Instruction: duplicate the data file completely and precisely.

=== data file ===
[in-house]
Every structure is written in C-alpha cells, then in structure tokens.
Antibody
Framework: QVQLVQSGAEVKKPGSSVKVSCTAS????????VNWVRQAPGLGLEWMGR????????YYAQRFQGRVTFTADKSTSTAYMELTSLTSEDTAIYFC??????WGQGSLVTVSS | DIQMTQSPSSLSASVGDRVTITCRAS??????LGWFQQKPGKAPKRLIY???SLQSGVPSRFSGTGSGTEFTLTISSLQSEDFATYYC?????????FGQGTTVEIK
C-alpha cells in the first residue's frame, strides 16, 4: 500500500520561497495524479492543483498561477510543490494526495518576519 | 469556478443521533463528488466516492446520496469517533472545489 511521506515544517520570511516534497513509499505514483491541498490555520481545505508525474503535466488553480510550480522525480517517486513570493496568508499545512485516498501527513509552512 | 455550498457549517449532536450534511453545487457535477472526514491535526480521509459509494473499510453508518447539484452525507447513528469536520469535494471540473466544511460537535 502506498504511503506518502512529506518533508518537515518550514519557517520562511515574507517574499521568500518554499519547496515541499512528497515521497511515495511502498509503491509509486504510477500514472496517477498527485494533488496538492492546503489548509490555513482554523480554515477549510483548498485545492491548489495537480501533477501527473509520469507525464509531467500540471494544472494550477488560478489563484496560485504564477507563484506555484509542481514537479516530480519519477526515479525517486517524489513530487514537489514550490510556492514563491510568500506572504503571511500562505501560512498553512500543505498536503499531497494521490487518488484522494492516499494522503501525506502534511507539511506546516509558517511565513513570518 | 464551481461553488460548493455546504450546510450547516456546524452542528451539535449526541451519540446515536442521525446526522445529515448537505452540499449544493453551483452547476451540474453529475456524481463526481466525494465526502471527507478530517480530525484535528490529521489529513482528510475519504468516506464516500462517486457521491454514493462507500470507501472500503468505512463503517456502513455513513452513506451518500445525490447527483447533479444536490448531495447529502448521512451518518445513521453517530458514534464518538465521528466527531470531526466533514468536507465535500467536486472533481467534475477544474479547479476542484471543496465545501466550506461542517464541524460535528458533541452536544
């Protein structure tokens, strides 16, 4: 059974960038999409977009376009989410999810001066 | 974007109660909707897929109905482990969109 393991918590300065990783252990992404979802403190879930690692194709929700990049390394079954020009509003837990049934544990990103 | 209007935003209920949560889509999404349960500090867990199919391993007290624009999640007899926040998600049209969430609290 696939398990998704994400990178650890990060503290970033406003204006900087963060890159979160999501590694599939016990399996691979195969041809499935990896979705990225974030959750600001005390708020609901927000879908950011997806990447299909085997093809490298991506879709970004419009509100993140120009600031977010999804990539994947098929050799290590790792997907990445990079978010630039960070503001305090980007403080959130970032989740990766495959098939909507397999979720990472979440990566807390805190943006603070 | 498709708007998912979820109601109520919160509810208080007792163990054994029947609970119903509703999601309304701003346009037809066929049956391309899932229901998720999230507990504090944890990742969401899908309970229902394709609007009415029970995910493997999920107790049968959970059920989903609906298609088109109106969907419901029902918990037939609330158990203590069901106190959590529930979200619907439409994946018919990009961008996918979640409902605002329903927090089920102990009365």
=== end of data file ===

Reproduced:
[in-house]
Every structure is written in C-alpha cells, then in structure tokens.
Antibody
Framework: QVQLVQSGAEVKKPGSSVKVSCTAS????????VNWVRQAPGLGLEWMGR????????YYAQRFQGRVTFTADKSTSTAYMELTSLTSEDTAIYFC??????WGQGSLVTVSS | DIQMTQSPSSLSASVGDRVTITCRAS??????LGWFQQKPGKAPKRLIY???SLQSGVPSRFSGTGSGTEFTLTISSLQSEDFATYYC?????????FGQGTTVEIK
C-alpha cells in the first residue's frame, strides 16, 4: 500500500520561497495524479492543483498561477510543490494526495518576519 | 469556478443521533463528488466516492446520496469517533472545489 511521506515544517520570511516534497513509499505514483491541498490555520481545505508525474503535466488553480510550480522525480517517486513570493496568508499545512485516498501527513509552512 | 455550498457549517449532536450534511453545487457535477472526514491535526480521509459509494473499510453508518447539484452525507447513528469536520469535494471540473466544511460537535 502506498504511503506518502512529506518533508518537515518550514519557517520562511515574507517574499521568500518554499519547496515541499512528497515521497511515495511502498509503491509509486504510477500514472496517477498527485494533488496538492492546503489548509490555513482554523480554515477549510483548498485545492491548489495537480501533477501527473509520469507525464509531467500540471494544472494550477488560478489563484496560485504564477507563484506555484509542481514537479516530480519519477526515479525517486517524489513530487514537489514550490510556492514563491510568500506572504503571511500562505501560512498553512500543505498536503499531497494521490487518488484522494492516499494522503501525506502534511507539511506546516509558517511565513513570518 | 464551481461553488460548493455546504450546510450547516456546524452542528451539535449526541451519540446515536442521525446526522445529515448537505452540499449544493453551483452547476451540474453529475456524481463526481466525494465526502471527507478530517480530525484535528490529521489529513482528510475519504468516506464516500462517486457521491454514493462507500470507501472500503468505512463503517456502513455513513452513506451518500445525490447527483447533479444536490448531495447529502448521512451518518445513521453517530458514534464518538465521528466527531470531526466533514468536507465535500467536486472533481467534475477544474479547479476542484471543496465545501466550506461542517464541524460535528458533541452536544
């Protein structure tokens, strides 16, 4: 059974960038999409977009376009989410999810001066 | 974007109660909707897929109905482990969109 393991918590300065990783252990992404979802403190879930690692194709929700990049390394079954020009509003837990049934544990990103 | 209007935003209920949560889509999404349960500090867990199919391993007290624009999640007899926040998600049209969430609290 696939398990998704994400990178650890990060503290970033406003204006900087963060890159979160999501590694599939016990399996691979195969041809499935990896979705990225974030959750600001005390708020609901927000879908950011997806990447299909085997093809490298991506879709970004419009509100993140120009600031977010999804990539994947098929050799290590790792997907990445990079978010630039960070503001305090980007403080959130970032989740990766495959098939909507397999979720990472979440990566807390805190943006603070 | 498709708007998912979820109601109520919160509810208080007792163990054994029947609970119903509703999601309304701003346009037809066929049956391309899932229901998720999230507990504090944890990742969401899908309970229902394709609007009415029970995910493997999920107790049968959970059920989903609906298609088109109106969907419901029902918990037939609330158990203590069901106190959590529930979200619907439409994946018919990009961008996918979640409902605002329903927090089920102990009365």